I was just approving some website listings on MadisonClick and still continue to notice websites that have both the “www” and non-www version of their URLs working.
You really need to stick with one or the other and not have both working. Google does seem to now pick which domain is favored, but you still could get penalized for having duplicate websites out there. Matt Cutts explains this well:
Q: What is a canonical URL? Do you have to use such a weird word, anyway?
A: Sorry that it’s a strange word; that’s what we call it around Google. Canonicalization is the process of picking the best url when there are several choices, and it usually refers to home pages. For example, most people would consider these the same URLs:
But technically all of these URLs are different. A web server could return completely different content for all the URLs above. When Google “canonicalizes” a URL, we try to pick the URL that seems like the best representative from that set.
What you want set up, to keep things neat, clean and to cause no confusion with Google or other search engines, is a redirect in place which forwards one to the other. It’s called a “301 Redirect” and it’s the proper way to clean this up. It also automatically forwards people to the right domain (whichever one you choose) in case they add or forget to add the “www” when going to your website. We do this with every website we set up.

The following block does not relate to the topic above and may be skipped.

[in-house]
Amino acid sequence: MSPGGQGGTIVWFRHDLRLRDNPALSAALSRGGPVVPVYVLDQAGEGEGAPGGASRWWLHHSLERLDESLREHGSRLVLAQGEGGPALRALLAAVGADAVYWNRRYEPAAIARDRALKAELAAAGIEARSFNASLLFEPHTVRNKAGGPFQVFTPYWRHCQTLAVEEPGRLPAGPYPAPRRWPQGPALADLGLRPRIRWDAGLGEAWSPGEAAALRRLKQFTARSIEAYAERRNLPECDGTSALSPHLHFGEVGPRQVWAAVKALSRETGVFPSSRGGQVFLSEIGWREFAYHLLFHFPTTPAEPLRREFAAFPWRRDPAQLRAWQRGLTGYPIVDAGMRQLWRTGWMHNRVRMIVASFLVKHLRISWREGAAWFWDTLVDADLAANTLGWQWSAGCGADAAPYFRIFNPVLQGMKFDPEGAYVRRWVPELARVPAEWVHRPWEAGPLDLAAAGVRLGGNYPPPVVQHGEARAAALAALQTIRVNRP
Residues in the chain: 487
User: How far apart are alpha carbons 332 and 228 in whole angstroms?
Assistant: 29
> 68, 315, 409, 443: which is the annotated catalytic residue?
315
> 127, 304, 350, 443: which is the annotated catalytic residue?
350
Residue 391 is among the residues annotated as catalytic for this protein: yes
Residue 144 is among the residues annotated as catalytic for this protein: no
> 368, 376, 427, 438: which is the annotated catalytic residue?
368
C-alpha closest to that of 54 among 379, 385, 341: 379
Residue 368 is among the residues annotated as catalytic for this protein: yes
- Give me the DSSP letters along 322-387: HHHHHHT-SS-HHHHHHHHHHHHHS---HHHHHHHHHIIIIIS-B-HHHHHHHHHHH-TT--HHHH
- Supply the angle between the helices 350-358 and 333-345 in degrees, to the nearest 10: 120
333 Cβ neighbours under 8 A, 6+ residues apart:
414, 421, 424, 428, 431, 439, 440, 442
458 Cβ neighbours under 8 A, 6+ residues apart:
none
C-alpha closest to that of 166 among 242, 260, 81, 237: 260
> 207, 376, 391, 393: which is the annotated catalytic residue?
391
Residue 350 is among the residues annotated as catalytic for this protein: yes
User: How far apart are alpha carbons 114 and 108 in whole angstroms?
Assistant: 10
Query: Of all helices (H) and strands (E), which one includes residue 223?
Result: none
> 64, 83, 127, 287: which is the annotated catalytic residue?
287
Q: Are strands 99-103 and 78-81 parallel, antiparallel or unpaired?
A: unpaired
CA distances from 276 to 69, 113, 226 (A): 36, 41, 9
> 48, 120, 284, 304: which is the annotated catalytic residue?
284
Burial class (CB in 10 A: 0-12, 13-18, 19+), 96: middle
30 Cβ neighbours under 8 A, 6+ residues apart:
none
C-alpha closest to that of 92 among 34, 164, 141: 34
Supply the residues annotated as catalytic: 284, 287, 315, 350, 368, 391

Several Domains Pointing to the Same Website
Another thing we seem to run into every so often is a company that has wisely purchased a bunch of domains that relate to their business. It’s smart to do that but sometimes what they’ve done is set them up in such a way that each domain name points to the same content. It does not redirect to one, main website but instead shows the same content under each domain. This is another way where you could get penalized and lose search engine rankings but having sites out there with duplicate content – at least that’s how search engines will see it.
With the way our website hosting is set up, you can’t really do this unless the configuration is changed. So, by default it will work correctly. This isn’t so with all website hosts out there.
Need Some Help?
If you think you may need some help with how your website is set up, please contact Webstix today. If you make the change now and do it right, then things can get restored and you can start to see improved rankings in the following months… yes, it can sometimes take that long – so there’s no reason to wait any longer.
UPDATE: Oh, no. Another website design company in Madison just submitted their website to MadisonClick and the non-www version of the site, which they submitted, didn’t work. The www version worked though, so I fixed that for them. I just thought that was strange since I just blogged about this. They have just one version, which is good but it brings up the point that you need to make sure both versions do work. So something else to make sure of and it gave me a chance to add that point here.